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Twin Cities by Nick Strauss-klein - 4M ago

We did it! After years of dreaming, a successful six-month successful fundraising campaign, and two months under construction, today we launched this dedicated website for our donor-supported Feldenkrais lessons!

Head over to FeldenkraisProject.com to learn more. The version of Nick’s audio lessons on TwinCitiesFeldenkrais.com will soon disappear.

Thank you, listeners and donors, for your passionate support! You heard our vision and made this new site possible.

Please pardon our dust as we finish up the final details! I’m editing some text for typos and clarity, and fixing other small details. I’m also adding a more Founder and Find a Teacher listings as they arrive.

Enjoy your studies, please help us spread the word, and thank you for visiting FeldenkraisProject.com!

Nick Strauss-Klein

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Thank you so much for your financial support for my work! Thanks to you we’ve got an incredible amount of monthly listeners. I love hearing from people all over the world who are benefitting my lessons, and I love making them for you.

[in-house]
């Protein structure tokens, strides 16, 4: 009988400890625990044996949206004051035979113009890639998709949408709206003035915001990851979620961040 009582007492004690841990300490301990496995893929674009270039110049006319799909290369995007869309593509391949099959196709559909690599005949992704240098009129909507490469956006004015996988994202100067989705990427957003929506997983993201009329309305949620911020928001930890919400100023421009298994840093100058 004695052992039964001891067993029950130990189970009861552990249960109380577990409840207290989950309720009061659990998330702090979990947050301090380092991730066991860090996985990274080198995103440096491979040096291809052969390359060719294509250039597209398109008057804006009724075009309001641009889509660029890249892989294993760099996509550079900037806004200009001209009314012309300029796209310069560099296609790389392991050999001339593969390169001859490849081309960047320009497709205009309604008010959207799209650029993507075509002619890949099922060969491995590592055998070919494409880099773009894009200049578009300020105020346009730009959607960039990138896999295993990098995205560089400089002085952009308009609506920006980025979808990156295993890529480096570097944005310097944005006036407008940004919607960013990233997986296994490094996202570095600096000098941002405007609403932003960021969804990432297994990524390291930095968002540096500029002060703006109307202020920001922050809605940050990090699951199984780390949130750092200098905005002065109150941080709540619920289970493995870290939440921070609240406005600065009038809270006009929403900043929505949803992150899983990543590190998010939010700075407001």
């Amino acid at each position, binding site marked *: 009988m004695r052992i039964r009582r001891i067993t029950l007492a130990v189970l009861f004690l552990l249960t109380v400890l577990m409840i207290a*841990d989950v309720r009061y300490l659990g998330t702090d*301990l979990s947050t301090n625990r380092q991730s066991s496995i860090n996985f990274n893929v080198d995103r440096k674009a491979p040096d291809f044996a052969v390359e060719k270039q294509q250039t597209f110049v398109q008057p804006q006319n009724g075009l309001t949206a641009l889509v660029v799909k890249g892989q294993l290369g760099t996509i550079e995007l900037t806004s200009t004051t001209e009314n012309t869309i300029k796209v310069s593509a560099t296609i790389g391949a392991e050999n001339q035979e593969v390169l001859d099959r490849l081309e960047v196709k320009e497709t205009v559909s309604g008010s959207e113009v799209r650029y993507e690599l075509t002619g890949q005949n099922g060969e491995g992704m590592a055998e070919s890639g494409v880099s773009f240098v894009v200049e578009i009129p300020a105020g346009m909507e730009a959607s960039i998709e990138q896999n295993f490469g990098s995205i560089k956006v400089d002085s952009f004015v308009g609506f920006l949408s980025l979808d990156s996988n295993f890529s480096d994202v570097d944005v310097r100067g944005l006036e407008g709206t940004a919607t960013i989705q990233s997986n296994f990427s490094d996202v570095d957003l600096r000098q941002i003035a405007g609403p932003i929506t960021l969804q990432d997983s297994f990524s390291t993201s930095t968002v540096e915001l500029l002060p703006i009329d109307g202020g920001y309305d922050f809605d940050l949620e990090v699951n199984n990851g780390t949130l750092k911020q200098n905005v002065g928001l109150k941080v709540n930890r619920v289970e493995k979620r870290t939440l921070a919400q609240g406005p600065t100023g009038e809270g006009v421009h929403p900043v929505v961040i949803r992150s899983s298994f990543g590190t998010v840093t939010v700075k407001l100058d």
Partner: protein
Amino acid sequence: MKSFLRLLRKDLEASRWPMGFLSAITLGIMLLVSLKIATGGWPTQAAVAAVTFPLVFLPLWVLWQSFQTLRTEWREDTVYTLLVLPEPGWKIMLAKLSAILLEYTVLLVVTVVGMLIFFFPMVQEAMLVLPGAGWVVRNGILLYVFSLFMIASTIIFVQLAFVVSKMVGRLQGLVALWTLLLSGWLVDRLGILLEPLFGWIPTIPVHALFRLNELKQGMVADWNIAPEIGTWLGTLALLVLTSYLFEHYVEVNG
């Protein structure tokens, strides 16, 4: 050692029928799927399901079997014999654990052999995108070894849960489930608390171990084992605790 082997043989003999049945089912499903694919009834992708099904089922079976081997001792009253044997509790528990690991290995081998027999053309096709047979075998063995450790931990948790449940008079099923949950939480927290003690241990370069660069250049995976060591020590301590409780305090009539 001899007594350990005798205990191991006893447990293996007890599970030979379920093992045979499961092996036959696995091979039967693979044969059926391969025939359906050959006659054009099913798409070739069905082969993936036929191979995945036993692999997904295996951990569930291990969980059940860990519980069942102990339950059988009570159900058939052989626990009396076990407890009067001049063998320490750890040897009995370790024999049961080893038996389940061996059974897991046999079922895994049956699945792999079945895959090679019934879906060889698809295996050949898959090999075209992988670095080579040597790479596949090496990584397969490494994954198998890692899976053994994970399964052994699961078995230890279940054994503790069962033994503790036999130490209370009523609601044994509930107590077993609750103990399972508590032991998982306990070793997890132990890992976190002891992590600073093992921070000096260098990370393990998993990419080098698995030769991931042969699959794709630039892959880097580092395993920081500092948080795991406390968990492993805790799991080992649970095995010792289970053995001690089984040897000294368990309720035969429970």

Your donations make it possible to get this project out into the world, and that helps so many more people enjoy Feldenkrais study!

I recently discovered that PayPal is no longer automatically emailing me about each donation I receive. I am sorry to say this has been going on for a few months and I am perhaps very late in acknowledging your support individually. I’ll be looking through the records and reaching out ASAP to say THANK YOU and give you access to the MP3s. Please let me know if you’re looking for that access right now!

If you haven’t donated but you value the lessons, please consider supporting the project. There is no other funding source for this work besides every individual who values it and decides to give something back!

Enjoy the lessons and please spread the word. More people doing more Feldenkrais equals a better world for all of us. Thanks again, and happy studies!

-Nick

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Twin Cities by Nick Strauss-klein - 8M ago

Due to high demand for Functional Integration (FI) lessons, my one-to-one Feldenkrais practice is currently full.

Here are some other options for study, available right now!

  • You are welcome to come explore Feldenkrais in my ongoing year-round group Awareness Through Movement (ATM) classes. As long as you can comfortably and safely get down to lie on a mat on the floor at the beginning of class and get back up again at the end, there are no other prerequisites, and you may drop-in to any class (here’s how). Newcomers are always welcome. Sign up for the mailing list (just click here) to know when new classes and one-day workshops are happening.